This Might Not Work: Overcoming Failure in Photography

Beomosa Main Gate

This past Saturday was an eventful day. I was pretty much shooting and editing from sun up to sundown. I had to get footage for a documentary that I am a part of in the morning and then I was running a workshop at Beomosa temple that evening. It was a great feeling to know that I have built a day around what I love to do. However, there was this thought in the back of my head that kept me from getting too excited. It was telling me that there was a possibility that this workshop could be a failure. I ignored it and pushed through. Little did I know that the gut-feeling was right.

I left Ulsan with more than an hour and a half to get to Beomosa which normally only takes about 50 minutes on an average day. Sadly, just as we got near Busan a fender-bender slowed traffic to a crawl. It took forever! As we finally made it to the toll gate, it was already time to start the workshop. I was expecting messages to start flooding in. Nothing came and I expected it was because people were also stuck in traffic too. Beomosa was flooded with people. It took another 30 minutes just to make it to the temple and get parked. I nervously checked my phone, but there was nothing. Not a single message from anyone about the workshop. I walked to the meeting point and there was no one waiting. I looked around to see any photographers with gear looking for me in the crowds of people heading up to the ancient temple. There was not a single photographer around.

Path to Enlightenment

Keep Your Chin Up

I could have just given up there. I could have just turned around and drove home. However, I had brought out a good friend and I was not about to waste his time. The other thing is that it is not worth the hassle. I just kept thinking about what I could learn from this failure. There is no point in becoming depressed about it. Just learn from it and treat these failures as lessons. Obviously, I need to improve my marketing and a number of other elements in order to attract my target market.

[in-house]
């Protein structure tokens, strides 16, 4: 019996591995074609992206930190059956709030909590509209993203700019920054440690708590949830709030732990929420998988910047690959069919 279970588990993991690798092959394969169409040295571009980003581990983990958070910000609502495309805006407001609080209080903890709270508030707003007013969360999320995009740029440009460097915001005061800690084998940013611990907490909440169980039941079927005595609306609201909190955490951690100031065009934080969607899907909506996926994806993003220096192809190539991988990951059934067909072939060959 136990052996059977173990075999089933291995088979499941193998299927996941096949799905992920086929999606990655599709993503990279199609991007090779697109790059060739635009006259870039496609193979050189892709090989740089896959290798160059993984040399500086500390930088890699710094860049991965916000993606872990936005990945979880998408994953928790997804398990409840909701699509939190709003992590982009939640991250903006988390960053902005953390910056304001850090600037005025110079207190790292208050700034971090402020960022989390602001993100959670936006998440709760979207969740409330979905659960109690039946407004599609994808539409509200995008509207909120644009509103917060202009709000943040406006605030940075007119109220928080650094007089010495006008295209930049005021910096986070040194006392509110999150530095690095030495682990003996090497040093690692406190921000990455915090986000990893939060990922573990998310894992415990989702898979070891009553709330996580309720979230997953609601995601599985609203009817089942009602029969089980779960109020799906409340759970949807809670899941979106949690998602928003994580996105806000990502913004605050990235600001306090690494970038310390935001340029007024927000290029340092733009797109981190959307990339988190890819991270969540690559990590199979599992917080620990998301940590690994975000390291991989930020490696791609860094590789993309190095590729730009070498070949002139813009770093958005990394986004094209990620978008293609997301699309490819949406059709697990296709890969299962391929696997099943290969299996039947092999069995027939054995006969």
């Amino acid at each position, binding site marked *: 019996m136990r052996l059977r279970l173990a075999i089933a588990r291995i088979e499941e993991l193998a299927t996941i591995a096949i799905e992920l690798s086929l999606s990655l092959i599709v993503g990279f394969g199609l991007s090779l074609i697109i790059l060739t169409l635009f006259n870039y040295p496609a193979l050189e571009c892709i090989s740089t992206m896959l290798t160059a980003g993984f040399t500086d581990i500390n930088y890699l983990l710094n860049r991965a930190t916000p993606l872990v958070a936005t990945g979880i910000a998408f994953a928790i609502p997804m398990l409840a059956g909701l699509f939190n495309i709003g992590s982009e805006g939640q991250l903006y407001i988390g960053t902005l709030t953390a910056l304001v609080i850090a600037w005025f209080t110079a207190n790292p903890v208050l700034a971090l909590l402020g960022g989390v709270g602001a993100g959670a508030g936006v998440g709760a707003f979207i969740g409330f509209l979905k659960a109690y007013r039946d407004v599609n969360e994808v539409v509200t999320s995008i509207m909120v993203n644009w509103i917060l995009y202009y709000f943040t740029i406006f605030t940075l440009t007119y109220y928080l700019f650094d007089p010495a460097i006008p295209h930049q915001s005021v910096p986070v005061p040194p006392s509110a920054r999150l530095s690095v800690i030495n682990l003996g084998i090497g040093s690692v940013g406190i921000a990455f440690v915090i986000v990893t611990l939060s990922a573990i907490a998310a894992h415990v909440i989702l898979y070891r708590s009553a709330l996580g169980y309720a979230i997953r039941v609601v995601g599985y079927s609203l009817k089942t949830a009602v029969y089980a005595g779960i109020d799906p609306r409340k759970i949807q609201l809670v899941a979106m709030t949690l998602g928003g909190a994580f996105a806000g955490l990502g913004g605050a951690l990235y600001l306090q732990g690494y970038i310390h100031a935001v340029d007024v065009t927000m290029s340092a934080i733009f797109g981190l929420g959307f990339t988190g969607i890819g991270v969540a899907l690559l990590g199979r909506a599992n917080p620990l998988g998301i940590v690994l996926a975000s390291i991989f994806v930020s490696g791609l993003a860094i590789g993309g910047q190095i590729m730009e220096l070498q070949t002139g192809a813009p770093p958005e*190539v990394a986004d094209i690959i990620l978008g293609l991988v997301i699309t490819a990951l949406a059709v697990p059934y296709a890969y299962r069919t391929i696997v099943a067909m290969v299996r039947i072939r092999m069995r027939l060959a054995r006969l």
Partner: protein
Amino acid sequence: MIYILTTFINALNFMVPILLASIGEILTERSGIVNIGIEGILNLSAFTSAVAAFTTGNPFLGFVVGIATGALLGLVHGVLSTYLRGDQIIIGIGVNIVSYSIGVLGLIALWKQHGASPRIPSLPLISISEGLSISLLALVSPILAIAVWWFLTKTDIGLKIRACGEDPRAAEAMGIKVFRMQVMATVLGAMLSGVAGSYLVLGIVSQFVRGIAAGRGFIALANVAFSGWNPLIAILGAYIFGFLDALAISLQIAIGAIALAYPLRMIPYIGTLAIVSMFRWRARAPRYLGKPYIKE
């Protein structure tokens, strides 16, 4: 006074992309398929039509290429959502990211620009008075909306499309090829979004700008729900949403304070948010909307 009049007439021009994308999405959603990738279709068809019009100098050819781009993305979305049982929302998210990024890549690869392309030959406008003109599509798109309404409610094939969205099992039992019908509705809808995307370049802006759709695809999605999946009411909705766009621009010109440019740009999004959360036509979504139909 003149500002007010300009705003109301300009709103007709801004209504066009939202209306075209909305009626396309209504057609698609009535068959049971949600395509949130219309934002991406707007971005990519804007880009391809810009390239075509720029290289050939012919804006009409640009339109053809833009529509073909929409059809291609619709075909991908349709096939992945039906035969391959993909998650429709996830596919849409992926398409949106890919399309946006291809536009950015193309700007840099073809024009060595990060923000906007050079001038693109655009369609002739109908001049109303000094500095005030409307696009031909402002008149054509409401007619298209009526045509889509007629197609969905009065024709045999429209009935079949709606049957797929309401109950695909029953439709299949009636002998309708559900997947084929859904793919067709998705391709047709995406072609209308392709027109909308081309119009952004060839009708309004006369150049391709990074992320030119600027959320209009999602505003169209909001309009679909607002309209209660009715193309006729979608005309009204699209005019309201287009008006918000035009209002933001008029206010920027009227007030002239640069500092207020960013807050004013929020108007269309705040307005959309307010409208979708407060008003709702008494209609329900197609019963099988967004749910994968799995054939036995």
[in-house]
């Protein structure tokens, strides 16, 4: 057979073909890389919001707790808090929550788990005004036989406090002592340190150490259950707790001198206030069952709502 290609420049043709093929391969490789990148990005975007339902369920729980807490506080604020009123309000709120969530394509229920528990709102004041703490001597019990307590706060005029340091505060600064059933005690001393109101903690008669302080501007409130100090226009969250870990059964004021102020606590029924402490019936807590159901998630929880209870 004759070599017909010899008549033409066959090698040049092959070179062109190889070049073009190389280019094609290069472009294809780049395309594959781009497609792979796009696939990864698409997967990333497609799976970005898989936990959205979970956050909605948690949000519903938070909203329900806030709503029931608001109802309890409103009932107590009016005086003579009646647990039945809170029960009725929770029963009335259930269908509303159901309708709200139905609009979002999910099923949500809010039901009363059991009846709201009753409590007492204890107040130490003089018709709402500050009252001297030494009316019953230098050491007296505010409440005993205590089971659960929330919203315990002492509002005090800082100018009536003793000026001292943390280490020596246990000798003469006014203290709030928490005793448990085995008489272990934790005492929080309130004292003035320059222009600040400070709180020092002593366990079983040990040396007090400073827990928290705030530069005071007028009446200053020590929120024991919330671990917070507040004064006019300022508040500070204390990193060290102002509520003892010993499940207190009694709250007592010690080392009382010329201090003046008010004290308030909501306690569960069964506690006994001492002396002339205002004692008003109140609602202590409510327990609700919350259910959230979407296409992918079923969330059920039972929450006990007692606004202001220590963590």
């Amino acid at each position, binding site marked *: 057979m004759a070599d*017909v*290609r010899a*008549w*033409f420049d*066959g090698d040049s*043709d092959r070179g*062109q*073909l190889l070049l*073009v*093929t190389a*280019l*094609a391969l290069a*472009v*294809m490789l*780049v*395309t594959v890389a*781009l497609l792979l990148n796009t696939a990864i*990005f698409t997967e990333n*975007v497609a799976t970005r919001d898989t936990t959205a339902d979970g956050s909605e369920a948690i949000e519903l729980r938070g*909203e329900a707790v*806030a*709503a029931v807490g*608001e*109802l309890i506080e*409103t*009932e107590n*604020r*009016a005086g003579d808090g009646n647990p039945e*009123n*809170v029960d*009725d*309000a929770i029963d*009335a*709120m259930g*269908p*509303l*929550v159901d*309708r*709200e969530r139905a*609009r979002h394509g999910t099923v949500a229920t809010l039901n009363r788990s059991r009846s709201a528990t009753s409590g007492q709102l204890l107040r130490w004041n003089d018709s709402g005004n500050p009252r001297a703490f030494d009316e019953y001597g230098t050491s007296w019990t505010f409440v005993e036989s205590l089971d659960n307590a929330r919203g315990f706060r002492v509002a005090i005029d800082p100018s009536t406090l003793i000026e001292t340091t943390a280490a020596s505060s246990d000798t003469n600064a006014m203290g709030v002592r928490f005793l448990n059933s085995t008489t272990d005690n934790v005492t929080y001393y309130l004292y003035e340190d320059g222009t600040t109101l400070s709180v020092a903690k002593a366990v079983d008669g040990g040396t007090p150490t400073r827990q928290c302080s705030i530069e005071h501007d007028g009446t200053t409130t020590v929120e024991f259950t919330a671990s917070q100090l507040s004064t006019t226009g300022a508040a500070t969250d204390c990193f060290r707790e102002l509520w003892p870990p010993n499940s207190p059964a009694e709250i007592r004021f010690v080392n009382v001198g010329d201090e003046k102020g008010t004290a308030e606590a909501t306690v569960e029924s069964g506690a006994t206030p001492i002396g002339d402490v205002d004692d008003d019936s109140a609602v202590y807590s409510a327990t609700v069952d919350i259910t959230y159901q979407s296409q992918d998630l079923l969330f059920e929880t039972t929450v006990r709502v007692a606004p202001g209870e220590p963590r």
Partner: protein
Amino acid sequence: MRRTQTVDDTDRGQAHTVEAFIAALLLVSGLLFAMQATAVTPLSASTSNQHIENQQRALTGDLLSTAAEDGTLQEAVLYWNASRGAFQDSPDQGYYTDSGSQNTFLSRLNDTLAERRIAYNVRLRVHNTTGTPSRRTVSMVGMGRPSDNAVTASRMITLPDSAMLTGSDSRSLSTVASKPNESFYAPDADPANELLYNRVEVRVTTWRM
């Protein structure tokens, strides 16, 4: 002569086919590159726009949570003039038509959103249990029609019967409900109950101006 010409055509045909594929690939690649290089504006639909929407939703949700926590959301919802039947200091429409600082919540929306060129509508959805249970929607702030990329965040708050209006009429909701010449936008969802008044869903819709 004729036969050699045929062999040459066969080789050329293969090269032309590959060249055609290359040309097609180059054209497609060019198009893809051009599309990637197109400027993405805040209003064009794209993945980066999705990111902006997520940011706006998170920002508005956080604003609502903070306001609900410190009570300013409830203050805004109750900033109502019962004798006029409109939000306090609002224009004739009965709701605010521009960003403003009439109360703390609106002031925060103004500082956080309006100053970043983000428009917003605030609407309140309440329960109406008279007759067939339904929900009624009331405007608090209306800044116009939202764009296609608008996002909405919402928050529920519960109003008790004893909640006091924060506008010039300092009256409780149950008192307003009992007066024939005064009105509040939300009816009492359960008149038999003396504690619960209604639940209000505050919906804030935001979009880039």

The thing is that you can’t learn if you are pissed off or angry. People not liking your work or not coming out to your events is not something personal. Think about how many events that you see on facebook and how many you actually go to. It is the same here. For me, I know that I have to work on a lot with regards to my reputation in Korea and who I want to teach. Again, I can’t slow down and feel hurt because of this one night.

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You Will Fail

I hear a lot of new photographers brag as they promote themselves about where they were published or who they are working with. However, the fact of the matter is that they will fail at some point in time. They will throw their hands up in the air and shout “is this worth it?” and what they do next is what will determine their future. If you choose to give up, sell your gear and go home, that is fine. However, if you choose to push on, know that people will not always love your work and that there are going to be some ups and downs. Just understand that not everything that you do will turn you into the next Chase Jarvis or Trey Ratcliff.

Don’t Compare Yourself to Others

The biggest mistake that I routinely make is that I compare myself to other photographers. I let self-doubt creep in and I look at photographers with 10K followers or my friends that have landed a big contract. I look at how long they’ve been taking pictures for and compare that to the years that I have seemingly spent honing my craft. What I fail to see is that they put in a lot of effort regardless of their talent and I have spent many years just sitting back and hoping someone sees my website that I rarely update. The fact of the matter is that you are your own photographer. You decide your own level of effort and that effort will determine what you get out of it. Sitting in the dark wondering why no one knows your name and “other photographers” seem to be doing better will not help you. Be your own photographer and get out there and take photos. If you want recognition, contact  with people and pitch them ideas.

The Red Door

Keep Doing What You Love

At the end of 2015 I was in a bad place. I was working a job that I hated, my best friend died of cancer, and felt empty when it came to my photography. I felt like I was getting passed over despite the years that I’ve put into my photography. However, I couldn’t give up. It kept going and working different approaches.

Within a few months I was published in a number of magazines and did a few interviews. That got me a few clients and a number of new ideas. Sure, some of these may not pan out but a few might. To me that is all that matters.

Even with this more recent failure, I am still planning more workshops and video tutorials because I know things will get better. It is all about learning from your failures. I learned that I have to market smarter and choose better locations. For others it may just be improving different aspects of your skill set. All of which is left unknown if you take these little failures to heart.

 

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